We were pleased to see Lisa Rosner, PhD, in the Historical Medical Library here at The College of Physicians of Philadelphia the other day. Rosner, who is professor of history at Stockton College as well as an advisor to History of Vaccines, is the recipient of an NEH grant in the digital humanities to develop a role-playing game about early smallpox vaccination in Scotland. She was in the library finding great materials for the game, and we’re looking forward to playing it and promoting it when it’s completed. Keep an eye on her blog to read about the progress her team is making on the game. You can also follow her on Twitter to enjoy her musings on the history of medicine and her book The Anatomy Murders. The post below is reproduced from her blog with her permission.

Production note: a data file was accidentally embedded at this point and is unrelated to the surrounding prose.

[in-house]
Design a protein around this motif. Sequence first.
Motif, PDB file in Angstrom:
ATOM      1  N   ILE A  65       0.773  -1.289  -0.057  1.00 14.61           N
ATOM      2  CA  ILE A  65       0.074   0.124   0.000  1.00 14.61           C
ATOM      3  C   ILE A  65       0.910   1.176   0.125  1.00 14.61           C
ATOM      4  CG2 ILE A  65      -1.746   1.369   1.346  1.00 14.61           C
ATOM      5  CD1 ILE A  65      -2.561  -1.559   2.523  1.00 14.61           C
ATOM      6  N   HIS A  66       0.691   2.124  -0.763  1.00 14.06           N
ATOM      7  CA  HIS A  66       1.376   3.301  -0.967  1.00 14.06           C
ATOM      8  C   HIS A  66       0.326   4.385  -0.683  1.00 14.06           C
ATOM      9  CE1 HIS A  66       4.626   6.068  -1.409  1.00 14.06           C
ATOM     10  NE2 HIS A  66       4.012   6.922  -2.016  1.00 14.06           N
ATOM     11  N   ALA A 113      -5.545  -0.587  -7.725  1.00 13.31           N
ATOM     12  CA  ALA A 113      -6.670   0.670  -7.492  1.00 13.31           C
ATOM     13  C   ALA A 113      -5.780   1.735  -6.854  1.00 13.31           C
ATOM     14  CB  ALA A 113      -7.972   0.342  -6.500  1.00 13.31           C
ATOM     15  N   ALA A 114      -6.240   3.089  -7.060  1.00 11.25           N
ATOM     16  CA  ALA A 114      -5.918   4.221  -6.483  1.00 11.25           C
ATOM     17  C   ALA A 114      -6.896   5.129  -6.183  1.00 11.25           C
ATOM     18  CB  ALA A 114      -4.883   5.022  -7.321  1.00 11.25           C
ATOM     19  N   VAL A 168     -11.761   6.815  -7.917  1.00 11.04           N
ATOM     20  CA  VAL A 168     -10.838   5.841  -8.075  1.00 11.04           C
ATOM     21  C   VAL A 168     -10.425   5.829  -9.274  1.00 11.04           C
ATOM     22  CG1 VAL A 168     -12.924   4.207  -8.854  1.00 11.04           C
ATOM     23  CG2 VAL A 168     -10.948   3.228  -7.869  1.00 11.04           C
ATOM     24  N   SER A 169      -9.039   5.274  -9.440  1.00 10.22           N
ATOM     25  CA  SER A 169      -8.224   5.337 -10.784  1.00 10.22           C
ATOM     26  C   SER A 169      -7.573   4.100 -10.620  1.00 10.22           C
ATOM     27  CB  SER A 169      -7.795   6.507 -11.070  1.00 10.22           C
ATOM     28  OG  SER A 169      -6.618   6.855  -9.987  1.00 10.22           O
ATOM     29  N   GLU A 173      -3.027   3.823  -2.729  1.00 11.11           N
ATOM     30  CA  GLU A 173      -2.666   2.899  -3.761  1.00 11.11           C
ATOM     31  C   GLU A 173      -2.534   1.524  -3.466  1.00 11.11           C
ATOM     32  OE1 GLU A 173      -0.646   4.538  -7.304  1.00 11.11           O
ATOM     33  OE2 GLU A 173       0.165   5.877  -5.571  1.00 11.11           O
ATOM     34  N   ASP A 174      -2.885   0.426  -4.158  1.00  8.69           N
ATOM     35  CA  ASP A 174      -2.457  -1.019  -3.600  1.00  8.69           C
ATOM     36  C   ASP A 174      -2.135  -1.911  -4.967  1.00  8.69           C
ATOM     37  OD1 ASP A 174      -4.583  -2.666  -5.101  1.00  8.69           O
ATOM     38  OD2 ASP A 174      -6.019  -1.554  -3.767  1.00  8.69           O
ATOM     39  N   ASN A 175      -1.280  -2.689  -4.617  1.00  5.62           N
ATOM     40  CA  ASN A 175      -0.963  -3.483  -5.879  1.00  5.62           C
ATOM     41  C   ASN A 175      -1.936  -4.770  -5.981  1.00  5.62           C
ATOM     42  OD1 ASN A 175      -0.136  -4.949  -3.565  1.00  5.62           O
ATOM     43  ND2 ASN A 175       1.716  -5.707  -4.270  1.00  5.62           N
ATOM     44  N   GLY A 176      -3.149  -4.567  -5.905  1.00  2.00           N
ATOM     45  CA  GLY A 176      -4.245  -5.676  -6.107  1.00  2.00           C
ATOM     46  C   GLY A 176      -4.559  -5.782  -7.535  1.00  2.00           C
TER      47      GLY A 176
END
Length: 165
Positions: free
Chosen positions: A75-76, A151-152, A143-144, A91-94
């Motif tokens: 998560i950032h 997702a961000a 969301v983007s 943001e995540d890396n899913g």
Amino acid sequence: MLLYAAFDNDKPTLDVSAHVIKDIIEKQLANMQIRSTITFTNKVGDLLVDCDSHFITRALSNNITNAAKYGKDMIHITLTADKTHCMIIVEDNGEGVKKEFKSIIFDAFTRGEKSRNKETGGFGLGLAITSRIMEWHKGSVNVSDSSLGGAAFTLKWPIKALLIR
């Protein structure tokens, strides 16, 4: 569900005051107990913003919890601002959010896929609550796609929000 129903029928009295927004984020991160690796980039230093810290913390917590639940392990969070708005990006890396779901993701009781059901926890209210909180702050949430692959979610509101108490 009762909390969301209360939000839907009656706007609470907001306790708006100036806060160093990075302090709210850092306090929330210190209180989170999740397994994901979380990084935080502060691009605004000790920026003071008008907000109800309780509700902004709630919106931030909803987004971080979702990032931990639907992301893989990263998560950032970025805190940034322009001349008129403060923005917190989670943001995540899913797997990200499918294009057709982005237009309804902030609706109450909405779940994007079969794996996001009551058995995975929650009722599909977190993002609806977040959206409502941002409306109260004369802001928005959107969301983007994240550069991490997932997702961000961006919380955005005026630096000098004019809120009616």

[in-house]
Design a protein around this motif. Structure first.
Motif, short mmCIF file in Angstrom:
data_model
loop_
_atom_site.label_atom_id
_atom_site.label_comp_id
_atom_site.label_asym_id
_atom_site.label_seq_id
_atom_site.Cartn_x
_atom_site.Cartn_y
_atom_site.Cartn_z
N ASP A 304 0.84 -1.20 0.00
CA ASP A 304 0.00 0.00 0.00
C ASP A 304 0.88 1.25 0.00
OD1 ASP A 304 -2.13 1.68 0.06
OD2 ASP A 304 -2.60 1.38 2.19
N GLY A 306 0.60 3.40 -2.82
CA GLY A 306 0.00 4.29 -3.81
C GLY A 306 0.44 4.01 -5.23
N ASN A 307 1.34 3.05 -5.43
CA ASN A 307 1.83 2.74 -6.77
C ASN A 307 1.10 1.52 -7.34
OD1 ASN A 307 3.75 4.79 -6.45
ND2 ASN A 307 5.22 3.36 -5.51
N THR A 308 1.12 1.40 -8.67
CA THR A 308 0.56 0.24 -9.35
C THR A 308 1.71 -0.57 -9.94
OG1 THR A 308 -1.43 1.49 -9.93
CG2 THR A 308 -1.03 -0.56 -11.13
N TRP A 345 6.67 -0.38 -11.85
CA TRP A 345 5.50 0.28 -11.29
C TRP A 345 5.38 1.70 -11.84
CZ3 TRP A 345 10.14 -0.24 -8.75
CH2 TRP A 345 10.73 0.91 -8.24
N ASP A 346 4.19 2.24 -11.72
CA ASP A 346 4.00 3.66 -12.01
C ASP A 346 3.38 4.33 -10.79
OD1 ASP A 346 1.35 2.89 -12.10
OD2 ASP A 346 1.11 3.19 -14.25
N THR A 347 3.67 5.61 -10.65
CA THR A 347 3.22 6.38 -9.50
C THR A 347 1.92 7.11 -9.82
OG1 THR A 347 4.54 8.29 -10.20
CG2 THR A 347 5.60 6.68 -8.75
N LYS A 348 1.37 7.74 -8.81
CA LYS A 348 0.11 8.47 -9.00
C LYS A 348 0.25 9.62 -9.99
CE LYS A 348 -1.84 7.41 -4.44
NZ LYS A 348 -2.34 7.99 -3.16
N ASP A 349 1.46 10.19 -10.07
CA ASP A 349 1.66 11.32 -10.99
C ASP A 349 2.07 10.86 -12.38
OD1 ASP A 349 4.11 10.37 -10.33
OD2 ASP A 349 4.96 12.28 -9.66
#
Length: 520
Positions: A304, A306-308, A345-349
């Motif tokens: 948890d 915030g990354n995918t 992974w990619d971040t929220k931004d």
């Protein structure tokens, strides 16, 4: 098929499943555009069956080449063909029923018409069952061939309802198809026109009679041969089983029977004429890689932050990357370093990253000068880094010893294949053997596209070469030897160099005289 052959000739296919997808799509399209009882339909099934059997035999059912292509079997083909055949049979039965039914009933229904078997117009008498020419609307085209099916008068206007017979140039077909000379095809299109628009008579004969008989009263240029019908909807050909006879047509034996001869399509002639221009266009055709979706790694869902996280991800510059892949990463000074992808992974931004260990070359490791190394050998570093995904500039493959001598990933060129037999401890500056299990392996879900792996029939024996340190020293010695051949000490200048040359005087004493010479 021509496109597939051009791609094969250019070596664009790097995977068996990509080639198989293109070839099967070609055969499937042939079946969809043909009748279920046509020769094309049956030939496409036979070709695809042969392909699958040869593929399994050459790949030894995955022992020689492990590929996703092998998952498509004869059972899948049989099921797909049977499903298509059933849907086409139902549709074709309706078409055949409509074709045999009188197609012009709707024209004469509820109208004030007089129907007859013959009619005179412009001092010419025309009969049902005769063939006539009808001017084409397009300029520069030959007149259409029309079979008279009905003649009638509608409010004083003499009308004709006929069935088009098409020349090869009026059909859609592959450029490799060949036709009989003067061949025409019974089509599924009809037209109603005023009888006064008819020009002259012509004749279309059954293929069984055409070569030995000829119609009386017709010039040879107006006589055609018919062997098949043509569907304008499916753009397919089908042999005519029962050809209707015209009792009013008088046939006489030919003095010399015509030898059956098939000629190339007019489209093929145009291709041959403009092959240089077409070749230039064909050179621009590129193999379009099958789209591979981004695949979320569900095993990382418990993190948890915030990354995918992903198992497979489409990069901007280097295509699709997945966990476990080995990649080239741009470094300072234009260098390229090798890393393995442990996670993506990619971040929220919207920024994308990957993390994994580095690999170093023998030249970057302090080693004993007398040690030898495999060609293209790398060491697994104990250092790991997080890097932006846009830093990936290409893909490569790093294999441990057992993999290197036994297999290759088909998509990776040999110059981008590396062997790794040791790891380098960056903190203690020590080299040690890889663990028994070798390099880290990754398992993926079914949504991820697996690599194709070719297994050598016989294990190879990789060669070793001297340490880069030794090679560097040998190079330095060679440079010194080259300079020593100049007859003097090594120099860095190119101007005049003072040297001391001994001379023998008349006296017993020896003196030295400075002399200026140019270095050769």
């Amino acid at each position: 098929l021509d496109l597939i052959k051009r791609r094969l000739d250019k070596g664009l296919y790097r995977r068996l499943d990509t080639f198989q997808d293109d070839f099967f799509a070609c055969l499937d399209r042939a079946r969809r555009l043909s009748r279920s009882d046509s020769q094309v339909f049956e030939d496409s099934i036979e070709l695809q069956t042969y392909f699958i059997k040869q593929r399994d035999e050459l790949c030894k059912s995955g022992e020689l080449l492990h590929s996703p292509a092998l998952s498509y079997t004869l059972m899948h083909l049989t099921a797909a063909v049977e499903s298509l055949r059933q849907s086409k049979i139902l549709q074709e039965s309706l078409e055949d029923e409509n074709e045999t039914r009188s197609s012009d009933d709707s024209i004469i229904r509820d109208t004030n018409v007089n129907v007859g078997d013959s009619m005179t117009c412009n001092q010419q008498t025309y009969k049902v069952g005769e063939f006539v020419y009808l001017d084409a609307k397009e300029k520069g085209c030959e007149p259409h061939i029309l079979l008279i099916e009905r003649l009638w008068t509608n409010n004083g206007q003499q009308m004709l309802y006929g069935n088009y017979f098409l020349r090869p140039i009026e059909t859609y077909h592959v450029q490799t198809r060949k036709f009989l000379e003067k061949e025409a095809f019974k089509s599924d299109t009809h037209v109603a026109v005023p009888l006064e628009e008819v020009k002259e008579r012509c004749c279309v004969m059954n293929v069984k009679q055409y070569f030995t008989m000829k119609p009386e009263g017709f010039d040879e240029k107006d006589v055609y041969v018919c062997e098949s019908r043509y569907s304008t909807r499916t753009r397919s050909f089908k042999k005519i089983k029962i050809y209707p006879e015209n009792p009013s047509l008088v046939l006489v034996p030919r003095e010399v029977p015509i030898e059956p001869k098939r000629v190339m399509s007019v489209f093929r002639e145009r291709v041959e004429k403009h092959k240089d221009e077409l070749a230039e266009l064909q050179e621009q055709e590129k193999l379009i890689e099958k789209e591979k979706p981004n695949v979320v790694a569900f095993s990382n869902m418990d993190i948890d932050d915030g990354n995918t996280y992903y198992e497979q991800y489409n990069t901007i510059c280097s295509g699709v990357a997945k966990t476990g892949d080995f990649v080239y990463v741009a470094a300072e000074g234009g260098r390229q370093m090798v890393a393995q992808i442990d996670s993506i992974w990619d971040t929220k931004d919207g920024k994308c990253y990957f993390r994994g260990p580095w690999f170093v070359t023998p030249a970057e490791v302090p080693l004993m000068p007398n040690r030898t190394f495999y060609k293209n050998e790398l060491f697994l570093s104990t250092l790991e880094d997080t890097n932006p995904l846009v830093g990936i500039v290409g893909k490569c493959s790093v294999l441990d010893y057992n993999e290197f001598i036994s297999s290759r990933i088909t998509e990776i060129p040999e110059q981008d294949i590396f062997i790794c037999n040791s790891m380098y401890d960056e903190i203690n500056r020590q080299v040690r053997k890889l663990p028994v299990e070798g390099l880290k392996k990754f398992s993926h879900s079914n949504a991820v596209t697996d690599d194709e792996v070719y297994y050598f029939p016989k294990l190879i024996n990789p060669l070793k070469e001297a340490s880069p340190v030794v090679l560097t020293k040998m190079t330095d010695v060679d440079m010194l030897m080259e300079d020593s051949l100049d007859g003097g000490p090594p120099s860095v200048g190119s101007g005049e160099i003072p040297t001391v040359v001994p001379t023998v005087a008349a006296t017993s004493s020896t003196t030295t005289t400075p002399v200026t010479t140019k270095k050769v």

Imagine a world in which there are no antibiotics, no routine medical checkups, no blood tests, and no sterile surgery. Imagine a world in which people are surrounded by deadly microbes, with no way to hold them in check. And now imagine that there exists one, and only one, proven vaccine: the vaccine for smallpox. The trouble is, that vaccine is very new and largely untested.
Now imagine that you live in Edinburgh in 1802. A young doctor in the city, Alexander Robertson, is trying to set up a vaccination dispensary, to protect people from the deadly smallpox virus while establish a paying medical practice. More